These are unprecedented days in NSW. As this press release
from the central borrowing authority T-Corp points out: “Based on
projections from TCorp’s clients (the debt-laden government), it is
anticipated that loan outstandings will increase by $6.5bn in 2006/07.”

that for an election pitch – after 12 years of uninterrupted growth our
government is spending this election year borrowing $18 million a day
to stay afloat, not that far below the $27 million a day that Paul
Keating was borrowing when his government got turfed out seeking a
fifth term back in 1996.

Meanwhile, check out the first page
of the budget section dealing with the NSW balance sheet. When talking
about assets, the government is happy to go with nominal figures
claiming that the $41.3 billion infrastructure spending spree will
increase gross assets from $173 billion now to a record $199 billion in

The Cain-Kirner government tried the same trick in their
dying days and one of my old bosses, Kennett Finance Minister Ian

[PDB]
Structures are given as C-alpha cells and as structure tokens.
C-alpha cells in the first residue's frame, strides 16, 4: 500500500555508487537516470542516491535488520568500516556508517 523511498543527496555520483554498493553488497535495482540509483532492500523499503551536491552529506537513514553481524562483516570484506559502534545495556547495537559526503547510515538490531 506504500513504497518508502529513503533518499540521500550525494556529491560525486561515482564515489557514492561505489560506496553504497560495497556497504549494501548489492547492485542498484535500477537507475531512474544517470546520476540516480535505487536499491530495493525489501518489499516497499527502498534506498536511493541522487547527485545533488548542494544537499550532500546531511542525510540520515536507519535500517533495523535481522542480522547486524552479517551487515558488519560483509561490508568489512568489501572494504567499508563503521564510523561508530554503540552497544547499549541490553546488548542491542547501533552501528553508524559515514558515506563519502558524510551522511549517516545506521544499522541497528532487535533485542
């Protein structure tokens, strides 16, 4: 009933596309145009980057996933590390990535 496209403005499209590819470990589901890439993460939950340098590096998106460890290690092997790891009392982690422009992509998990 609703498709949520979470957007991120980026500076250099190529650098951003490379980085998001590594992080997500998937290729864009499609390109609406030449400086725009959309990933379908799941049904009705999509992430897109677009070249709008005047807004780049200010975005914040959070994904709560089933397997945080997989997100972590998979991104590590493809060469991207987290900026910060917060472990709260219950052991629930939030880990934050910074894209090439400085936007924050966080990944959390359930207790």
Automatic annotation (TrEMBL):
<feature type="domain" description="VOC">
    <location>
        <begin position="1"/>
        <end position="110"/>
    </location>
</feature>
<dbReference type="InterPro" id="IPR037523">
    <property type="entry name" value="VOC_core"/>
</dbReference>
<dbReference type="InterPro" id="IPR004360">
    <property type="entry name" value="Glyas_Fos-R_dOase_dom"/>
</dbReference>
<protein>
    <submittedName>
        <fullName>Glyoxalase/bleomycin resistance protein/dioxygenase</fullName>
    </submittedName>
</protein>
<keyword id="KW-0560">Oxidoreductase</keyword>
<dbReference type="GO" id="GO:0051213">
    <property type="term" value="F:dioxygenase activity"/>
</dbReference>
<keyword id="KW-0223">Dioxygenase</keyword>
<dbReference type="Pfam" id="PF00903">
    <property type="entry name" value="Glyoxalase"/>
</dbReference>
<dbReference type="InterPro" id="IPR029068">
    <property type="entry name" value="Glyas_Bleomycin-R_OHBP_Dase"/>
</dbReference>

Smith, forced the public servants who dreamt up these delusionary
figures to try and itemise the actual assets. They never got near the

However, when it comes to talking about liabilities, the NSW government
quickly falls back to a ratio analysis claiming that net financial
liabilities will only increase from 15.9% of GSP to 16.9% by 2010. We
know that $17.4 billion in new debt will be taken on over the next four
years to fund the infrastructure push, but these are the actual raw
liability figures over the past five years:

Gross debt$24.83bn$25.29bn$26.36bn$28.01bn$30.25bn
Unfunded super$11.72bn$13.81bn$13.01bn$12.49bn$18.29bn
Total liabilities$36.55bn$39.1bn$39.36bn$40.5bn$48.54bn

That is spookily similar to what the Cain-Kirner Government achieved by
1992 when Victoria’s gross debt peaked at $32 billion and unfunded
super reached $18 billion. How on earth will NSW fare when the total
liability figure surges past $60 billion by 2010?

The public finances of our largest state are careening off the rails.
Surely it’s time for a change of government, although the choice for
voters next March looks a bit like Tweedledum and Tweedledumber.

Peter Fray

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Peter Fray
Editor-in-chief of Crikey

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